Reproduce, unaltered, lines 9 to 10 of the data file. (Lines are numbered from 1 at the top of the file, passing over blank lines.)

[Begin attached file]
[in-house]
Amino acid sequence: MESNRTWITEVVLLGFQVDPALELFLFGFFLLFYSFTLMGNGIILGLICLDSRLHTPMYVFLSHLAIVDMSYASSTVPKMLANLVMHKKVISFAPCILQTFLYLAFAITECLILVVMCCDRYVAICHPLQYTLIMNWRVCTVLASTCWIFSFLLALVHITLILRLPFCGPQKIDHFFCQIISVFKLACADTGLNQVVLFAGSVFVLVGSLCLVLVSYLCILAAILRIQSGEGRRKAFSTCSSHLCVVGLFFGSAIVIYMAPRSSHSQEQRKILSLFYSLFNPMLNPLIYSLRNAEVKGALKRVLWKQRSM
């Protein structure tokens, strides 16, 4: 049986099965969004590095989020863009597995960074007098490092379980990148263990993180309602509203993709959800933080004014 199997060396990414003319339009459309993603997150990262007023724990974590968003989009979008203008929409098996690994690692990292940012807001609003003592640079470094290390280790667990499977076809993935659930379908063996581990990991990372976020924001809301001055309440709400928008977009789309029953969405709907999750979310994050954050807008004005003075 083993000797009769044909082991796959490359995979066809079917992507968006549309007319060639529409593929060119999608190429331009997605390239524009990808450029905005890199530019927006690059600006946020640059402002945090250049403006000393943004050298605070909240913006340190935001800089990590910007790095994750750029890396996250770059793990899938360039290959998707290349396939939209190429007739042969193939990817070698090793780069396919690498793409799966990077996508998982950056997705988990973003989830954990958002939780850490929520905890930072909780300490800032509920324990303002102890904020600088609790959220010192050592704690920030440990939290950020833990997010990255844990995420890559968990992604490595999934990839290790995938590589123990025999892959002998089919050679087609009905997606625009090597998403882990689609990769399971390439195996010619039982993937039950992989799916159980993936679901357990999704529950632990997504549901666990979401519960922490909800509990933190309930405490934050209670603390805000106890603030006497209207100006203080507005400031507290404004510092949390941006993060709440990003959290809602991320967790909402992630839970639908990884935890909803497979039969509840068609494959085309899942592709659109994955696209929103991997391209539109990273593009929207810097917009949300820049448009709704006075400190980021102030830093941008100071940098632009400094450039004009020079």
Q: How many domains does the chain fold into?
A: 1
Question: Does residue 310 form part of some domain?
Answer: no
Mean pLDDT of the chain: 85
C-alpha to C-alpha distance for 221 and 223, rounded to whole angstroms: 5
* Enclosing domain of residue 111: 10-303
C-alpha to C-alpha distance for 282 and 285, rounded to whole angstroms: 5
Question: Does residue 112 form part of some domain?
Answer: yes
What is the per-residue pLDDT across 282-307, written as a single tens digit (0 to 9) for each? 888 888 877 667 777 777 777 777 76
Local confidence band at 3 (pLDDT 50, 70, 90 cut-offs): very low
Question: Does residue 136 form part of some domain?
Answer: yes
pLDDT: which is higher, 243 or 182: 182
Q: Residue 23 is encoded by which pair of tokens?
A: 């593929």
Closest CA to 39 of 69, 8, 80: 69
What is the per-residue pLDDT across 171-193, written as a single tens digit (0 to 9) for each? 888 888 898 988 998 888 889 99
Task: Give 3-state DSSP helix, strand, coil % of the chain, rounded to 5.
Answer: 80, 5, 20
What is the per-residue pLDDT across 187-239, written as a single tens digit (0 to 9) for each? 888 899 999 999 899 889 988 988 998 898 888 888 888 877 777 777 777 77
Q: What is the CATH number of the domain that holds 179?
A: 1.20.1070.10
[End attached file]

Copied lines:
C-alpha to C-alpha distance for 221 and 223, rounded to whole angstroms: 5
* Enclosing domain of residue 111: 10-303